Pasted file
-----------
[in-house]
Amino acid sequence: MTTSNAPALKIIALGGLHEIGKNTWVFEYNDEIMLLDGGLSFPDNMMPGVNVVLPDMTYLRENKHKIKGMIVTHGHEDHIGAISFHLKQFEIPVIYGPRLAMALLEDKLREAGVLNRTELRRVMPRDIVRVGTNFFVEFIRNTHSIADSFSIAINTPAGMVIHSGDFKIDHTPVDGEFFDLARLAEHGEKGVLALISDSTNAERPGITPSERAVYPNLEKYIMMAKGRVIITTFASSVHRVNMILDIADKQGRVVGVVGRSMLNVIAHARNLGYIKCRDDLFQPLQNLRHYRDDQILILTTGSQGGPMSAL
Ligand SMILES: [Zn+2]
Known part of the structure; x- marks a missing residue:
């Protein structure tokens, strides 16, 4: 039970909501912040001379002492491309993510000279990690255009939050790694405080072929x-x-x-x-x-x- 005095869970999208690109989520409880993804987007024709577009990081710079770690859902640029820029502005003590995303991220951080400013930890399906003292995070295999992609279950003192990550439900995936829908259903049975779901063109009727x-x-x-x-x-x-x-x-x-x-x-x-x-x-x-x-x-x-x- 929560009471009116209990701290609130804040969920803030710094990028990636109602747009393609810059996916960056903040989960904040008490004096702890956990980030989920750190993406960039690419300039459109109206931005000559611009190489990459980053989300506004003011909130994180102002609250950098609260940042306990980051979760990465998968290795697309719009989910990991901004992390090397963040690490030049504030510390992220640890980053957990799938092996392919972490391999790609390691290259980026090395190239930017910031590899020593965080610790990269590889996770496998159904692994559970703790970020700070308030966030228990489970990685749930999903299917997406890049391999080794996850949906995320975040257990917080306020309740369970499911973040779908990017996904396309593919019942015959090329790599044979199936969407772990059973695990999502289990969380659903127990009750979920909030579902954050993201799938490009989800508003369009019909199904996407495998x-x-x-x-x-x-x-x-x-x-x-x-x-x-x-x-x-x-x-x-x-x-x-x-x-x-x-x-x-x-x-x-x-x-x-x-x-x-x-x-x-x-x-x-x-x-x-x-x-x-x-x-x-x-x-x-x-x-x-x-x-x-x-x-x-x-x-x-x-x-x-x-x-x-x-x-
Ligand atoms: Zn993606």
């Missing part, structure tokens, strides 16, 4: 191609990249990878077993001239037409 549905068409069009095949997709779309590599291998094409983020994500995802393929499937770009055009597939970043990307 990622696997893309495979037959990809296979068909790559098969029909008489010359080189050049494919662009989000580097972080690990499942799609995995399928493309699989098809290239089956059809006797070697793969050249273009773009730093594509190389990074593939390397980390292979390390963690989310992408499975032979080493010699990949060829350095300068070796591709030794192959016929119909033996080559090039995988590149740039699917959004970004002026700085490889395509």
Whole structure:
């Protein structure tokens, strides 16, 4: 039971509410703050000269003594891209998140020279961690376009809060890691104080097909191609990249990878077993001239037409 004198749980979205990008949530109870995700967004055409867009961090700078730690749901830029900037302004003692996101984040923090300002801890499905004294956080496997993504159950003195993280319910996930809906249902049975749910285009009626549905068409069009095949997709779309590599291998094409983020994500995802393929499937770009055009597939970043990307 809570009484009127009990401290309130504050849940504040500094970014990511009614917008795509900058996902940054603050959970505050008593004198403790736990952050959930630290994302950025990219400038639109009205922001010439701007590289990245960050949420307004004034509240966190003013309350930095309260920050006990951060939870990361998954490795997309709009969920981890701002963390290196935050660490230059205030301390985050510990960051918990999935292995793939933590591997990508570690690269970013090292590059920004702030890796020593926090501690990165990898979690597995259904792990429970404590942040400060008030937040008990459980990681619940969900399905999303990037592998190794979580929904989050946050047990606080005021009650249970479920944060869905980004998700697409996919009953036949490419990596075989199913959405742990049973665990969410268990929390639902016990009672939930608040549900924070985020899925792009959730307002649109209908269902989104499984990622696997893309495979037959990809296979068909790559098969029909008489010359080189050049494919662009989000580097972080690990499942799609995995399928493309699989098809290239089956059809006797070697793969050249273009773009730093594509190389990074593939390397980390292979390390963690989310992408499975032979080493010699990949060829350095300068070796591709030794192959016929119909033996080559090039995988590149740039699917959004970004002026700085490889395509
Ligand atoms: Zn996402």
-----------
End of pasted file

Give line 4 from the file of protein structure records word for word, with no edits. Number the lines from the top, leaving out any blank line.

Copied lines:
Known part of the structure; x- marks a missing residue: